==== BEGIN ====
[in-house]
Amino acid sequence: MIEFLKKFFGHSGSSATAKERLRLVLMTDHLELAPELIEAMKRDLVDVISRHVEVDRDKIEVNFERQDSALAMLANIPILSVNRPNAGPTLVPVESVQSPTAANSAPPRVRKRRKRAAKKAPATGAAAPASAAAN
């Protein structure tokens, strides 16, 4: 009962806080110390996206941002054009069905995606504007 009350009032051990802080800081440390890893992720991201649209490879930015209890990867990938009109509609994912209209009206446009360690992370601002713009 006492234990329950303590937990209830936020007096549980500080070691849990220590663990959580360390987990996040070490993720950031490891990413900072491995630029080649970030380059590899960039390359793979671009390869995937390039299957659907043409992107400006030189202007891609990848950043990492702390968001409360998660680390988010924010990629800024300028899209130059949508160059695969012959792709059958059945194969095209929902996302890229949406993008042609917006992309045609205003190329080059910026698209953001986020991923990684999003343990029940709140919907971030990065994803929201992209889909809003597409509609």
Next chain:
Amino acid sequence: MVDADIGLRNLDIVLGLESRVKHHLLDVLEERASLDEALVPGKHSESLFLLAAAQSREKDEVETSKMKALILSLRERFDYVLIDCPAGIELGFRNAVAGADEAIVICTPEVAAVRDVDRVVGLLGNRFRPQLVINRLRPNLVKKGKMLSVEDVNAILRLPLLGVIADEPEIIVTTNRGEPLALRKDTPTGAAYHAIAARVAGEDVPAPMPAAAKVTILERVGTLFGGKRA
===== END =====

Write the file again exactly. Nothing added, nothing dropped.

[in-house]
Amino acid sequence: MIEFLKKFFGHSGSSATAKERLRLVLMTDHLELAPELIEAMKRDLVDVISRHVEVDRDKIEVNFERQDSALAMLANIPILSVNRPNAGPTLVPVESVQSPTAANSAPPRVRKRRKRAAKKAPATGAAAPASAAAN
């Protein structure tokens, strides 16, 4: 009962806080110390996206941002054009069905995606504007 009350009032051990802080800081440390890893992720991201649209490879930015209890990867990938009109509609994912209209009206446009360690992370601002713009 006492234990329950303590937990209830936020007096549980500080070691849990220590663990959580360390987990996040070490993720950031490891990413900072491995630029080649970030380059590899960039390359793979671009390869995937390039299957659907043409992107400006030189202007891609990848950043990492702390968001409360998660680390988010924010990629800024300028899209130059949508160059695969012959792709059958059945194969095209929902996302890229949406993008042609917006992309045609205003190329080059910026698209953001986020991923990684999003343990029940709140919907971030990065994803929201992209889909809003597409509609």
Next chain:
Amino acid sequence: MVDADIGLRNLDIVLGLESRVKHHLLDVLEERASLDEALVPGKHSESLFLLAAAQSREKDEVETSKMKALILSLRERFDYVLIDCPAGIELGFRNAVAGADEAIVICTPEVAAVRDVDRVVGLLGNRFRPQLVINRLRPNLVKKGKMLSVEDVNAILRLPLLGVIADEPEIIVTTNRGEPLALRKDTPTGAAYHAIAARVAGEDVPAPMPAAAKVTILERVGTLFGGKRA